Room with a Balcony, 1845
Oil on Cardboard. 58 x 47 cm
Nationalgalerie, Staatliche Museen zu Berlin
I regret missing the chance to see this painting in 2001 when it was shown in the London National Gallery in the exhibition of 19thC paintings Spirit of an Age: Paintings from the Berlin Nationalgalerie. Menzel is perhaps best known for his work as a “court” painter following the history of Prussia from the time of Frederick the Great (since Menzel did the illustrations for a popular book on Frederick's life) to the splendour of the court of King Wilhelm I.
This painting of an interior shows a different side of his artistic talent. One of a number of oil sketches from the 1840’s that explored his Berlin apartment and the views from its windows. Painted purely for his own pleasure, these uncannily modern works are argued to presage the French Impressionists through its use of light and the loose brushwork. Menzel didn’t go to Paris until in 1855 he visited the Exposition Universelle and saw Courbet's 'Pavillon du Réalisme' and is painted 30 years before the exhibition of impressionism in 1874.
Not having seen the painting yet I cannot comment on the paint handling, but it does look as though he has applied it freely using a variety of brushstrokes that suggests objects rather than closely defining them. Despite being a classed as a sketch (it wasn’t shown until a commemorative exhibition was held at the Nationalgalerie in Berlin after Menzel’s death in 1905) it is signed and dated on the front indicating that he felt that his surroundings were a valid subject to paint rather than just an exercise. It is unusual for a painting of an interior of this period, to be neither occupied nor a formal study for a still life. This invites us to focus on the atmosphere of the room rather than on a subject within it.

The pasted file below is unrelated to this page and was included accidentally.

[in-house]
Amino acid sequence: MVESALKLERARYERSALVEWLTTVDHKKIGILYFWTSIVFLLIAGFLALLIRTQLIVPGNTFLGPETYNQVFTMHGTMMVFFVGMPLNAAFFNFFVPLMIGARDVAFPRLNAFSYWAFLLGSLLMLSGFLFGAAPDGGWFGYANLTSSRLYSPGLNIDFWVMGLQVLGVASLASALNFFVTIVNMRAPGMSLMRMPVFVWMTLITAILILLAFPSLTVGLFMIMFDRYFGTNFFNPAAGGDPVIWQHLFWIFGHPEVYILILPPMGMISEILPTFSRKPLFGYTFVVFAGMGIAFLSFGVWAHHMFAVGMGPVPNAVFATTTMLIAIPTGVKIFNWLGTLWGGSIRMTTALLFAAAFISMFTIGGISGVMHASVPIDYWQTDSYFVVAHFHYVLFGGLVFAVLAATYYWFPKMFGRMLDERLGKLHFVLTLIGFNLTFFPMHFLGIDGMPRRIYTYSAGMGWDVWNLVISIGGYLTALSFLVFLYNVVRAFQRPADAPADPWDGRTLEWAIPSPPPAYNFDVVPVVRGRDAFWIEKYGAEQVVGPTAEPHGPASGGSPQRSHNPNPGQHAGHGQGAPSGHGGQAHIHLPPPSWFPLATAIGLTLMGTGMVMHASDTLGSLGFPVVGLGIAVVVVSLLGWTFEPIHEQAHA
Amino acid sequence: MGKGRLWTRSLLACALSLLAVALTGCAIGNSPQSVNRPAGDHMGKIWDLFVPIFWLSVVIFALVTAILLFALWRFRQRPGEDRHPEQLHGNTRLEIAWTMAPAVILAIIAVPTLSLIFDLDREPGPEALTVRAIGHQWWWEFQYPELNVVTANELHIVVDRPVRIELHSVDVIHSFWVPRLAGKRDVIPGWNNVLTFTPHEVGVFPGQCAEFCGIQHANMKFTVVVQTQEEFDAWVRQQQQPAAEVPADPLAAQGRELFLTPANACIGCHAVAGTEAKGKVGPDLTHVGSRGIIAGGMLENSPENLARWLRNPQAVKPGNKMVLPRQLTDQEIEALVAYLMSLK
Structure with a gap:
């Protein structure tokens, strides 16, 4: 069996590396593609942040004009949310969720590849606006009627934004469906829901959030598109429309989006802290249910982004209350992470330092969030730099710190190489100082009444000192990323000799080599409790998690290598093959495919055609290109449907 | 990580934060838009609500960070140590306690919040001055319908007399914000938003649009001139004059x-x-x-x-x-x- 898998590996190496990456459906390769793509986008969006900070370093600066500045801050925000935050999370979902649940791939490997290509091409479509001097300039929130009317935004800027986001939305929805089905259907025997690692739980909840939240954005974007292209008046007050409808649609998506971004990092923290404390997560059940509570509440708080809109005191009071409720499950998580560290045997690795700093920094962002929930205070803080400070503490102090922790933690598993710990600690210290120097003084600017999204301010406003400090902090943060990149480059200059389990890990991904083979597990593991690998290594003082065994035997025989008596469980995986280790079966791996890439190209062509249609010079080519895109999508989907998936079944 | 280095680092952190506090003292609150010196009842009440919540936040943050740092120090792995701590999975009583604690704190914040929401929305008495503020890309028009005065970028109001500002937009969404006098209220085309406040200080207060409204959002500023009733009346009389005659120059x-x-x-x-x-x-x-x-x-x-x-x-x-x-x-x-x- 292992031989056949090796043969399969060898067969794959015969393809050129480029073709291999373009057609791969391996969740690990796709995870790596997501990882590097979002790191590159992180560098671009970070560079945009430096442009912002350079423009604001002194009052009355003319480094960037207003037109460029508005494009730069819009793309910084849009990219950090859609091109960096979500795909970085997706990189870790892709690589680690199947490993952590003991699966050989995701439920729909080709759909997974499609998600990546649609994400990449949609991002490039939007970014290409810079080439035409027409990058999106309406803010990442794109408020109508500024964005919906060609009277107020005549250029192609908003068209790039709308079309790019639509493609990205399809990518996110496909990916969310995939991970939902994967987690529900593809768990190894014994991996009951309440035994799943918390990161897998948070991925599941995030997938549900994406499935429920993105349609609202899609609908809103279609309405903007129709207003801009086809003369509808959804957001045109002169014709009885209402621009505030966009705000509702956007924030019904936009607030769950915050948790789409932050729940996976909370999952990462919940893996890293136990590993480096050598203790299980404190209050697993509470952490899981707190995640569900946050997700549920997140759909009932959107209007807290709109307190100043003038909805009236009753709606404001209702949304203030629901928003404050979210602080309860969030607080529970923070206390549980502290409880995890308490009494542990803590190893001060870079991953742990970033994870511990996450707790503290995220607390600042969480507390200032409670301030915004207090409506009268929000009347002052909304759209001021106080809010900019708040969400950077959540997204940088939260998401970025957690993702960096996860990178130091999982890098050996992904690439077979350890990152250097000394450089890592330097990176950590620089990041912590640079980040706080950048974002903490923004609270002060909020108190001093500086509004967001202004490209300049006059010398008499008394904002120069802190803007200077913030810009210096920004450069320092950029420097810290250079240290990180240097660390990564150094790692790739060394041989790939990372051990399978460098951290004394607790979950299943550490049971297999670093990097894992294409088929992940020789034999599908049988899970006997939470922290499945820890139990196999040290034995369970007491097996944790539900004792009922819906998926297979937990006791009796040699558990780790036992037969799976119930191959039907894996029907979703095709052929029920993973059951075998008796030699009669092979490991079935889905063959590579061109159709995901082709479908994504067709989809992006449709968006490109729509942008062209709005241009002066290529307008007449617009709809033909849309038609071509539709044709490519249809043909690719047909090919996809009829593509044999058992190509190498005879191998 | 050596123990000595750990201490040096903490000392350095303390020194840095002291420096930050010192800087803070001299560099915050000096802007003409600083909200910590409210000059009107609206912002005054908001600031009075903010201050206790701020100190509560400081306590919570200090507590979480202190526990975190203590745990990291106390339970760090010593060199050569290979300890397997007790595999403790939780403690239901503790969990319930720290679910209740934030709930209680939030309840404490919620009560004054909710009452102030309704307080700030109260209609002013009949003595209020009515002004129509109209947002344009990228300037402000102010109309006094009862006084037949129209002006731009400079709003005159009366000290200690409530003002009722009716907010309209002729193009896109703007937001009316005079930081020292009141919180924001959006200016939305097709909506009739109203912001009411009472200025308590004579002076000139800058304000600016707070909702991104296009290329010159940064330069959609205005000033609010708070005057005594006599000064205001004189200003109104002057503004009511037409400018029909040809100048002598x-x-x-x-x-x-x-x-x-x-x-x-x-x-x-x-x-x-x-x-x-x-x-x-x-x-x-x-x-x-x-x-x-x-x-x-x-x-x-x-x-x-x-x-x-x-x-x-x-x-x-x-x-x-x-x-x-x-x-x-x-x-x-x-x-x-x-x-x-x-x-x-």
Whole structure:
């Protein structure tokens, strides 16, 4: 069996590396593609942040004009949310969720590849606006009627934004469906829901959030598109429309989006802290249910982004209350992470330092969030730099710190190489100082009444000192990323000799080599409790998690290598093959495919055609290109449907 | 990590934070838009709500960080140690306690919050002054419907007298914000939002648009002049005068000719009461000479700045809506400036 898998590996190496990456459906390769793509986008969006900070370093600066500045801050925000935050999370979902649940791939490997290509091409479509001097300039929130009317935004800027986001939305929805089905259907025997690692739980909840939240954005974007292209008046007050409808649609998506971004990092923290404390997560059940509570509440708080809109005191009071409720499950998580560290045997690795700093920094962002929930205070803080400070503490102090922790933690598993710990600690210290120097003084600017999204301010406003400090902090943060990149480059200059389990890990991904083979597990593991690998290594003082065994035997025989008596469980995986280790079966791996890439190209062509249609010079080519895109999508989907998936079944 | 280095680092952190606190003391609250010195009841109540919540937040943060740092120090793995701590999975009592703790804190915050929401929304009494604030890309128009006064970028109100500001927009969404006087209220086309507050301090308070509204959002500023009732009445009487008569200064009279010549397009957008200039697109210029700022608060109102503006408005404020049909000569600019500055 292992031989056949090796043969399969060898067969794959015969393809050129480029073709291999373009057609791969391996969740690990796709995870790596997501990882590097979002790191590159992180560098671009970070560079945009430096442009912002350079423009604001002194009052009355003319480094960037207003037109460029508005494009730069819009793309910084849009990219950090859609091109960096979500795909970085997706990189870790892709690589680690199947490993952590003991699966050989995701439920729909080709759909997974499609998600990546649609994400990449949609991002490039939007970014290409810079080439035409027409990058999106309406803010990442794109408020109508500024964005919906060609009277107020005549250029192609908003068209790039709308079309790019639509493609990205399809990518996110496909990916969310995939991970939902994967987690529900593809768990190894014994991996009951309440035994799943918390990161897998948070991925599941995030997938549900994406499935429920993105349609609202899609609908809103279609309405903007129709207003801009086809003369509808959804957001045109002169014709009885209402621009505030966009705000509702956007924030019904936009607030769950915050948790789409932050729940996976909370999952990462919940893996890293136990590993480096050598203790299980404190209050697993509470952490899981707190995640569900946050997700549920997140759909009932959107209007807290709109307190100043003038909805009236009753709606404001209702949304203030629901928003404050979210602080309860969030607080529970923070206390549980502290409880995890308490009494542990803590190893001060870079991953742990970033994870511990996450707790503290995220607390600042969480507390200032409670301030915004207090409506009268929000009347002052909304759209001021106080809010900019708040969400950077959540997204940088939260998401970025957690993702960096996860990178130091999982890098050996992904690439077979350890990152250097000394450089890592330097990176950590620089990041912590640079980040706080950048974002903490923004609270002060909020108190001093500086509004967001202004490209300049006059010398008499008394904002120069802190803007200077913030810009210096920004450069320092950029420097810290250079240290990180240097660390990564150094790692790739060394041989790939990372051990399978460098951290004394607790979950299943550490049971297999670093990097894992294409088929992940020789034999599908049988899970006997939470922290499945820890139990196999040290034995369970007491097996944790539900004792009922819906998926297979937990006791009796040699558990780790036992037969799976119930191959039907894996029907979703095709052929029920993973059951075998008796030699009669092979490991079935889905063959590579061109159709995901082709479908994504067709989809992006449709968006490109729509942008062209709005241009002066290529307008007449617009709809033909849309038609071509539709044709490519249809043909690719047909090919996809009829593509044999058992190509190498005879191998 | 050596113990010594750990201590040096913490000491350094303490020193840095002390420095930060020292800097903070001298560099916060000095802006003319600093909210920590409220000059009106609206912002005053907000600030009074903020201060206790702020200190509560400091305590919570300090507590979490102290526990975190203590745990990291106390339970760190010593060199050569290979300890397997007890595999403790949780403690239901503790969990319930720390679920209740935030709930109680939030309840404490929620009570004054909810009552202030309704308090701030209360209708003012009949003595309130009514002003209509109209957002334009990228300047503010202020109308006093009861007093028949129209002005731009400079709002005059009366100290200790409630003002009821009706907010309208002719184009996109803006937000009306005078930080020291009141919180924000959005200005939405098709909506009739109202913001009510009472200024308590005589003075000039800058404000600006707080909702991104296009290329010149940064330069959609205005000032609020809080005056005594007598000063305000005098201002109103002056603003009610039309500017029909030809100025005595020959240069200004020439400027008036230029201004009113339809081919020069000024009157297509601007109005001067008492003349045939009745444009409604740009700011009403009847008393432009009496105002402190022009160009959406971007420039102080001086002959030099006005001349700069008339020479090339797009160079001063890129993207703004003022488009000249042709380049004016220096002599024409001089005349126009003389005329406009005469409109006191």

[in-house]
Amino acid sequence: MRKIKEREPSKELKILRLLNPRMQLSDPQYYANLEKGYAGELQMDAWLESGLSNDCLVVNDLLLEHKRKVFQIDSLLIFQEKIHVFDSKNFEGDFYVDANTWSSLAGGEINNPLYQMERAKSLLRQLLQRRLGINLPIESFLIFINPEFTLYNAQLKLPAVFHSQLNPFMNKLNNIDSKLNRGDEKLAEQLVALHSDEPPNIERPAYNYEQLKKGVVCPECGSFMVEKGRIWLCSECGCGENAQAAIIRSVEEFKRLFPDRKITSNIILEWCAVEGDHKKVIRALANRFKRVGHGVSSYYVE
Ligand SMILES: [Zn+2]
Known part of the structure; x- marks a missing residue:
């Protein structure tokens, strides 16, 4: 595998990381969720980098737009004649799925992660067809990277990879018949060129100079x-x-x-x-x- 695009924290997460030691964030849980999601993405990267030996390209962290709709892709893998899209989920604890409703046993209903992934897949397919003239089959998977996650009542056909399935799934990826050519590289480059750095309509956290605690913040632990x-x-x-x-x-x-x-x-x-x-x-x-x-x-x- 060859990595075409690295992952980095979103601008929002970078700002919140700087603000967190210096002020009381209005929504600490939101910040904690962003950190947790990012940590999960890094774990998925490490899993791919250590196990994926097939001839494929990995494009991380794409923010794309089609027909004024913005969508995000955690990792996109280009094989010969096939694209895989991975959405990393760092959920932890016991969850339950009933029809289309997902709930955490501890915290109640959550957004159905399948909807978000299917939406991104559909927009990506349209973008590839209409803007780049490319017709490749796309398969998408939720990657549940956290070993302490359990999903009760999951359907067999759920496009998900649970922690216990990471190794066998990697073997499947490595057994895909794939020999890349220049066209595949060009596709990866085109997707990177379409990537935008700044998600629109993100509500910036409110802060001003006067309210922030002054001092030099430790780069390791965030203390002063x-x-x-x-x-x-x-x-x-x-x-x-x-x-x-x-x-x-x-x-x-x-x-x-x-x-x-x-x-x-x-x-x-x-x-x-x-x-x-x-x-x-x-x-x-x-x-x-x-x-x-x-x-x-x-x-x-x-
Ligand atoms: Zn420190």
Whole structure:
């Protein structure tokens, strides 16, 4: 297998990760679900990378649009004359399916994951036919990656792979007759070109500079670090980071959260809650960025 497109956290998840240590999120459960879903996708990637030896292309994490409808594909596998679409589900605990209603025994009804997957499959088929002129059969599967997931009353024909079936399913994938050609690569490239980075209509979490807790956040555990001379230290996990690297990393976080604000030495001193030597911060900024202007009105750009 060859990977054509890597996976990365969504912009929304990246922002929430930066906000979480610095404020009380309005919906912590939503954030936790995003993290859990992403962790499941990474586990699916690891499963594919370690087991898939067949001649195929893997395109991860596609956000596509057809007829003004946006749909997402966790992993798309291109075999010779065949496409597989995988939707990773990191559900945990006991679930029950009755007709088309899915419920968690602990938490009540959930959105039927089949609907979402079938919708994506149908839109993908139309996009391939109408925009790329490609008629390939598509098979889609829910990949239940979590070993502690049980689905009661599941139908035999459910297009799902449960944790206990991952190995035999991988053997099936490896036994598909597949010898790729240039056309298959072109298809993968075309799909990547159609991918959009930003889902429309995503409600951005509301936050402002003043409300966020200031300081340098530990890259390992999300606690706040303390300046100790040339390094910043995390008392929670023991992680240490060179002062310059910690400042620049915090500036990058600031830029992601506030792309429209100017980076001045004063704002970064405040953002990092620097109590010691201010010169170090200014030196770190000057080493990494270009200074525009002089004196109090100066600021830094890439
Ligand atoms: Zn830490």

The balcony doors are open and the curtains billow inwards on the breeze through the window. Today that could be read as a sexual metaphor, but I suspect he was just observing reality rather than trying to imply any moral narrative. The edge of a rug intrudes into the image from the left and a streak of sunlight brightens the floor and shimmers on the empty wall. It is a strange patch of light and suggests that a picture that was hung on the wall has been removed. There are two formal chairs turned away from each other either side of a long mirror in which we see the reflections of a sofa with a gold-framed picture hanging above it. For me it is the positioning of these chairs that give the painting a melancholic aura; whether intended or not I read them as a metaphor for an uncommunicative couple, facing away, and arguing despite the languid quality of the light suggesting a beautiful summer’s day.